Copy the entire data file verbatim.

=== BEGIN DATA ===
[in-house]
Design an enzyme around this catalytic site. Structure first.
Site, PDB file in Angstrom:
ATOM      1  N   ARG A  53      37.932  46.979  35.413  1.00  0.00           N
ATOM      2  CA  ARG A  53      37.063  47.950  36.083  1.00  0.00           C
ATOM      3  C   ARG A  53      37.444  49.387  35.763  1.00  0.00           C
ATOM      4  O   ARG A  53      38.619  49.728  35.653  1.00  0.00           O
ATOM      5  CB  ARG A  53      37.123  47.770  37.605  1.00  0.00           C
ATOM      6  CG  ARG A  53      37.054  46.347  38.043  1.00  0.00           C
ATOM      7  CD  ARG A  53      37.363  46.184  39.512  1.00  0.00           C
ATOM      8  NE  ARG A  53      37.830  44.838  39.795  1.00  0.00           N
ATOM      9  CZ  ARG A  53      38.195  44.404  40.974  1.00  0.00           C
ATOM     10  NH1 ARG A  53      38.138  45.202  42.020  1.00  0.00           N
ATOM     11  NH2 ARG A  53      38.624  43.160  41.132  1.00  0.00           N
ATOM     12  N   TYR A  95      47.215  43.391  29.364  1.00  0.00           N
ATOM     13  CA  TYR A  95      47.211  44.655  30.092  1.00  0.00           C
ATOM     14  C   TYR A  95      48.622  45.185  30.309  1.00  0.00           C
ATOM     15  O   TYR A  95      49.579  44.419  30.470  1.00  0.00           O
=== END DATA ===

[in-house]
Design an enzyme around this catalytic site. Structure first.
Site, PDB file in Angstrom:
ATOM      1  N   ARG A  53      37.932  46.979  35.413  1.00  0.00           N
ATOM      2  CA  ARG A  53      37.063  47.950  36.083  1.00  0.00           C
ATOM      3  C   ARG A  53      37.444  49.387  35.763  1.00  0.00           C
ATOM      4  O   ARG A  53      38.619  49.728  35.653  1.00  0.00           O
ATOM      5  CB  ARG A  53      37.123  47.770  37.605  1.00  0.00           C
ATOM      6  CG  ARG A  53      37.054  46.347  38.043  1.00  0.00           C
ATOM      7  CD  ARG A  53      37.363  46.184  39.512  1.00  0.00           C
ATOM      8  NE  ARG A  53      37.830  44.838  39.795  1.00  0.00           N
ATOM      9  CZ  ARG A  53      38.195  44.404  40.974  1.00  0.00           C
ATOM     10  NH1 ARG A  53      38.138  45.202  42.020  1.00  0.00           N
ATOM     11  NH2 ARG A  53      38.624  43.160  41.132  1.00  0.00           N
ATOM     12  N   TYR A  95      47.215  43.391  29.364  1.00  0.00           N
ATOM     13  CA  TYR A  95      47.211  44.655  30.092  1.00  0.00           C
ATOM     14  C   TYR A  95      48.622  45.185  30.309  1.00  0.00           C
ATOM     15  O   TYR A  95      49.579  44.419  30.470  1.00  0.00           O